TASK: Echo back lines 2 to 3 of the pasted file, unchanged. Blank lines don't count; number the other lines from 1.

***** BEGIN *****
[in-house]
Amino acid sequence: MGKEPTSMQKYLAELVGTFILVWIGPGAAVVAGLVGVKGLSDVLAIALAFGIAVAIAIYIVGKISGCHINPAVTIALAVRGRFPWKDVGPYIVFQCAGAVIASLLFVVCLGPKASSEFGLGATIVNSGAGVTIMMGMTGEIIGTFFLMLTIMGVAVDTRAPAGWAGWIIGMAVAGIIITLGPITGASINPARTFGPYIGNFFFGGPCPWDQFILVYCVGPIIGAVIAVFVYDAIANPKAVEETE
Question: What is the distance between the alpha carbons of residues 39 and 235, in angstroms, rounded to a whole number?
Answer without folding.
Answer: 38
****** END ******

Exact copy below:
Amino acid sequence: MGKEPTSMQKYLAELVGTFILVWIGPGAAVVAGLVGVKGLSDVLAIALAFGIAVAIAIYIVGKISGCHINPAVTIALAVRGRFPWKDVGPYIVFQCAGAVIASLLFVVCLGPKASSEFGLGATIVNSGAGVTIMMGMTGEIIGTFFLMLTIMGVAVDTRAPAGWAGWIIGMAVAGIIITLGPITGASINPARTFGPYIGNFFFGGPCPWDQFILVYCVGPIIGAVIAVFVYDAIANPKAVEETE
Question: What is the distance between the alpha carbons of residues 39 and 235, in angstroms, rounded to a whole number?